• [1] 2 3 See A. Hinarejos, ‘The Legality of Responses to the Crisis’, in Amtenbrink and Herrmann (eds), supra note 12, 1376-1380; C. Kilpatrick, ‘Are the Bailouts Immune to EU Social Challenge Because They Are not EU Law?’ (2014) 10 European Constitutional Law Review 363; loannidis, supra note 72. 4 See A. Sapir, G.B. Wolff, C. de Sousa, A. Terzi, The Troika and financial assistance in the euro area. Successes and failures — Study for the Directorate-General for Internal Policies of the Union (European Parliament) (EU Publications 2014). 5 V. Vita, ‘Revisiting the Dominant Discourse on Conditionality in the EU: The Case of EU Spending Conditionality’ (2017) 19 Cambridge Yearbook of European Legal Studies 116. 6 Regulation (EU) No 1303/2013 of the European Parliament and of the Council of 17 December 2013 laying down common provisions on the European Regional Development Fund, the European Social Fund, the Cohesion Fund, the European Agricultural Fund for Rural Development and the European Maritime and Fisheries Fund and laying down general provisions on the European Regional Development Fund, the European Social Fund, the Cohesion Fund and the European Maritime and Fisheries Fund and repealing Council Regulation (EC) no. 1083/2006. 7 See, generally, Amtenbrink and Repasi, supra note 16, 157. 8 The Commission proposed to include the same clause also in the Recovery and Resilience Facility, the mechanism offering financial support for investments and reforms in response to the economic and social crisis generated by the COVID-19 pandemic and in relation to the green and digital transitions. See Article 9 of the Proposal for a Regulation of the European Parliament and the Council estabilishing a Recovery and Resilience Facility, 28.05.2020, COM(2020) 408 final.
  • [2] In accordance with Article 126(8) and (11) TFEU. 2 Article 8(3) Regulation 1176/2011. 3 Article 10(4) Regulation 1176/2011. 4 See D. Kochenov, EU Enlargement and the Failure of Conditionality: Pre-accession Conditionality in the Fields of Democracy and the Rule of Law (Kluwer, 2008); E. Gateva, European Union Enlargement Conditionality (Palgrave Macmillan, 2015). 5 On values in EU external policy, see M. Cremona, ‘Values in EU Foreign Policy’, in M. Ev 6 See L. Bartels, Human Rights Conditionality in the EU’s International Agreements (Oxford University Press, 2005). 7 ans, P. Koutrakos (eds), Beyond the Established Orders: Policy Interconnections between the EU 8 and the Rest of the World (Hart, 2011), p. 275. 9 EMU governance has proven to be an important laboratory for the design of institutional mechanisms that may be replicated in other policy areas. The Commission’s proposal for a regulation on the protection of the EU budget in case of generalised deficiencies of the rule of law in the Member States suggests that conditionality could become an instrument for the enforcement of EU values on recalcitrant Member States, well beyond the boundaries of economic policy. Under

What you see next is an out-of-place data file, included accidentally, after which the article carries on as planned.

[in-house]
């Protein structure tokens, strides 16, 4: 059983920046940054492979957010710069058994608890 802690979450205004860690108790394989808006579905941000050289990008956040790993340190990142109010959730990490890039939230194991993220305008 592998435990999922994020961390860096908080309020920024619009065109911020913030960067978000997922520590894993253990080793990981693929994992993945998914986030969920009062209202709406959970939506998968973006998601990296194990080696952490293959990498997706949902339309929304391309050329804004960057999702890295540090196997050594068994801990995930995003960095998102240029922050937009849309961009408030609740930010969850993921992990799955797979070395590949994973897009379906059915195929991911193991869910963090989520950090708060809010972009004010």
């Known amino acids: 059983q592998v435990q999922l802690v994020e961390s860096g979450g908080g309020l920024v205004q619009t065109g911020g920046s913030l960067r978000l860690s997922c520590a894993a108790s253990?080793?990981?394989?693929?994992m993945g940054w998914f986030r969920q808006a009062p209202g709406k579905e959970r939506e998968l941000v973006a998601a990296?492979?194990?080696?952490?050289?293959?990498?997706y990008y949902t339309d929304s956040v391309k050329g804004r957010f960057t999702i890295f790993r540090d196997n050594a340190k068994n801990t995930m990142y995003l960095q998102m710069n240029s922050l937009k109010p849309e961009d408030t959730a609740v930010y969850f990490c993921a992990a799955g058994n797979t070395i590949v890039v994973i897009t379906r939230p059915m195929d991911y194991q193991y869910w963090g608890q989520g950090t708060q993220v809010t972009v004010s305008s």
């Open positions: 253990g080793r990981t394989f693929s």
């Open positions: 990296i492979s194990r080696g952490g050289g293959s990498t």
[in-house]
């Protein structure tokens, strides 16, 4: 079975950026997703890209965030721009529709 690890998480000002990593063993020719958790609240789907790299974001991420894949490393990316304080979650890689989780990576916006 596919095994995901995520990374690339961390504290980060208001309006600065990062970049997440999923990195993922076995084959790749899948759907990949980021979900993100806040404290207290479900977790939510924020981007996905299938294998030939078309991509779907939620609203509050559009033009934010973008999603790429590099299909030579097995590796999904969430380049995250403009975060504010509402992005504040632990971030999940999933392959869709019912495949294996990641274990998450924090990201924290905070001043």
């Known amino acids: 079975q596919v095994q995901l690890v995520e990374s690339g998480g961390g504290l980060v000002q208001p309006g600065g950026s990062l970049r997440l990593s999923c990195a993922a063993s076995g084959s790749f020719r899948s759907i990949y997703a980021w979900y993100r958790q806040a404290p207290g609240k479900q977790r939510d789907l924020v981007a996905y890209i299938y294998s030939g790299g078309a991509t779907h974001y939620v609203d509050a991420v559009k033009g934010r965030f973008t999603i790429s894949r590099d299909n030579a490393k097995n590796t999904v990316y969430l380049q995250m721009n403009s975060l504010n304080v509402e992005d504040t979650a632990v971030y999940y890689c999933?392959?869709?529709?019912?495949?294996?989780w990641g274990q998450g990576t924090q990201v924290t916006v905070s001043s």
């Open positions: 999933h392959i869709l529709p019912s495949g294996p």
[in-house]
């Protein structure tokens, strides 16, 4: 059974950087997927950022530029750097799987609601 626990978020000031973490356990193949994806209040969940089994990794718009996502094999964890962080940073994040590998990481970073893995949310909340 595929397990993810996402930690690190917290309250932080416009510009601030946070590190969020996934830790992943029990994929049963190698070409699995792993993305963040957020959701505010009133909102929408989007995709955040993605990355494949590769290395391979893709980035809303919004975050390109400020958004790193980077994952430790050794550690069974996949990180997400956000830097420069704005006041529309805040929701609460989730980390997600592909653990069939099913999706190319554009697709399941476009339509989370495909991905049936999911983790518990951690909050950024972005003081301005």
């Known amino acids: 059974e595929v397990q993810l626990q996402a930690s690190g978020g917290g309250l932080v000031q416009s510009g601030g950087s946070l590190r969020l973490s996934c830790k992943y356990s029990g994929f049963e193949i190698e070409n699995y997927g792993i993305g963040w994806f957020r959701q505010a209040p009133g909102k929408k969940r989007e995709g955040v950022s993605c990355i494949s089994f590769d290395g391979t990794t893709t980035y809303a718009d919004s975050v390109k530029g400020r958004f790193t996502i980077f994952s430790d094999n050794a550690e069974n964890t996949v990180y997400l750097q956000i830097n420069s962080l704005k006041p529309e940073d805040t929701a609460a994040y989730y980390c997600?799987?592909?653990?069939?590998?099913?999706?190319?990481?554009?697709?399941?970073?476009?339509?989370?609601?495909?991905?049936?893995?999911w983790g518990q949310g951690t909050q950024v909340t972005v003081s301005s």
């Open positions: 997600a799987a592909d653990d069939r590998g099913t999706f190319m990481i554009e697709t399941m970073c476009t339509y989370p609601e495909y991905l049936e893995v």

• [3] 2 3 the scheme envisaged by the Commission, disbursements of EU funds could be suspended in case of rule of law deficiencies in a Member State liable to impair sound financial management and threaten the financial interests of the Union (Proposal for a Regulation of the European Parliament and the Council on the protection of the Union’s budget in case of generalised deficiencies as regards the rule of law in the Member States, COM(2018) 324). See the chapter by M. Bonelli in this book. 4 Vita, supra note 76,119. 5 D. Adamski, ‘National Power Games and Structural Failures in the European Economic Governance’ (2012) 49 Common Market Law Review 1319, 1322-1323; R. Palmstorfer, 'The Reverse Majority Voting under the “Six Pack”: A Bad Turn for the Union?’ (2014) 20 European Law Journal 191. See, for a different perspective, Snell, supra note 7, 160-164, who observes that this was one of the elements concurring to preserve policy space for national authorities. 6 Decision 2003/89/EC on the existence of an excessive deficit in Germany—Application of Article 104(6) of the Treaty establishing the European Community, OJ L34 of 11.02.2003; Decision 2003/487/EC on the existence of an excessive deficit in France—Application of Article 104(6) of the Treaty establishing the European Community, OJ L165 of 03.07.2003. On 25 November 2003, the Council voted on the recommendations, failing to reach the required majority. The Commission brought an action of annulment against the non-decision of the Council, but the Court dismissed it (see Judgment of 13 July 2004, Commission v. Council, C-27/04, paras. 25-36).